Why it matters:
- Reinforce the website message with branding elements, graphics, and links
- Make scanning for key information easy
- Users goals are the primary focus
Starting with the home page — get to the point
It’s that simple. If there’s a need to explain what your website is about with text, write a short sentence or a few short bullet points. If you think you need a long paragraph to describe what you do, think again.
Branding elements, links and graphics should all reinforce site’s purpose and help you avoid over-explanation. Avoid marketing fluff: Users know it when they see it and will avoid it if they can.
Word links as succinctly as possible. But make sure you give the user enough information to decide what link to click on. It’s a tough balance, but very important. If a link needs more explanation in text, keep it to one short sentence below the link or in a rollover. Or give the user a list of the subcategories of information they can access in the area you’re linking to. Don’t make the user to read extensively, but offer up some clues about what is on the other side of that link.
Finding the right balance
Graphics that add download time without adding value to the experience can be seen as a waste of the user’s time. Try to provide only graphics that enhance or convey the information being provided. Graphics may also help the user decide where they need to go or where they are located in the website. Using graphics this way may sound limiting, but it is the most interesting challenge for website designers and can lead to thoughtful and creative solutions.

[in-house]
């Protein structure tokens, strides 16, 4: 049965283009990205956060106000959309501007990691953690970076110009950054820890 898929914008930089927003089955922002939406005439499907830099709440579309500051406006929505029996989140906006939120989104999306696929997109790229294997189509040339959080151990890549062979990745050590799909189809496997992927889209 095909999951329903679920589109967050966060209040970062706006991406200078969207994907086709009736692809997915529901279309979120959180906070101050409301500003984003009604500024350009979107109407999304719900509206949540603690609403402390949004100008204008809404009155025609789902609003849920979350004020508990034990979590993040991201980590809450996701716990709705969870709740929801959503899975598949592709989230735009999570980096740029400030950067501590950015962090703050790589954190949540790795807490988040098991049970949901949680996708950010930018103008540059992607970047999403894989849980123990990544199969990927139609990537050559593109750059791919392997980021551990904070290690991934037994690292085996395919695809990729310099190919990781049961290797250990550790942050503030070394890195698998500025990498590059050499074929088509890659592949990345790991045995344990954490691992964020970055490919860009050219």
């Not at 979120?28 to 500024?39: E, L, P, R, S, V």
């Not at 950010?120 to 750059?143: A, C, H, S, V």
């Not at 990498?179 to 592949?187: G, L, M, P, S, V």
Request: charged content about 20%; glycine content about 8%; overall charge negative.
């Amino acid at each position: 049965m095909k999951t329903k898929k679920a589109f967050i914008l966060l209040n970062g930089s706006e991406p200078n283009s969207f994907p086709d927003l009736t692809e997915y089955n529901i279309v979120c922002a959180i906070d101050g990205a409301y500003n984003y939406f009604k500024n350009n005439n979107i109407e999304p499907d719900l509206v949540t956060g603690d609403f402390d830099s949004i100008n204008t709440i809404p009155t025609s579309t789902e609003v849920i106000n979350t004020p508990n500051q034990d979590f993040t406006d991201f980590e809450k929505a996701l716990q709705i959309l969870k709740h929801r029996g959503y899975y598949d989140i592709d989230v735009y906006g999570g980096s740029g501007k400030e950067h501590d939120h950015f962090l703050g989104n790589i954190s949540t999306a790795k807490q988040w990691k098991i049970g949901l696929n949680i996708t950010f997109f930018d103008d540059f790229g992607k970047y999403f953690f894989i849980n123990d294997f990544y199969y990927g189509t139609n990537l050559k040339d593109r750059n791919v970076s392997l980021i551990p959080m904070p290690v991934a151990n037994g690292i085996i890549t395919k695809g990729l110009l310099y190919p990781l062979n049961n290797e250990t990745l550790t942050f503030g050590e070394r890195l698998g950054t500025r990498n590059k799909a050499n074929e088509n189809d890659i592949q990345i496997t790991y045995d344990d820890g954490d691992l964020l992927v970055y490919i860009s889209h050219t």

It’s hard enough in the overwhelming world of the web to decide what link to click on. Having to choose between two links that say similar things creates additional confusion. It forces the user to stop and wonder why the redundancy exists.
The key is to bring enough information to the user at any given point to help them know where to go next without overwhelming them with reading or giving them a multitude of confusing choices. Long paragraphs of text, extraneous graphics, and confusing links prevent users from getting what they really need from your site.
People scan a page looking for the information they need. How you design the page can support this natural ability or get in its way. To make it easy for users to pick out the information they want, avoid the following pitfalls:
Too many columns
Be careful of the multi-column layout. Designers are tempted to use a layout with several vertical columns when they don’t have clear priorities for what to put at the top of the page. With lots of columns, you can push lots of headers, links and content up to the top of the columns to fit as much information as possible above “the fold” (the bottom of the browser screen). Sounds good, but it’s easy to overwhelm the eye with choices and prevent the user from effectively scanning the page. Make clear-cut decisions about priority and always leave users with a clue that there’s more below the fold.
Too many font sizes, styles, colors
Use font choices to communicate meaningful groupings. Keep headers to one or two font sizes and styles, with another for body text and links. Keep color choices to a minimum as well. This will help the user’s eye scan from point to significant point on the page. Too many different sizes and styles make users work harder to parse the page and figure out what to read or where to click next.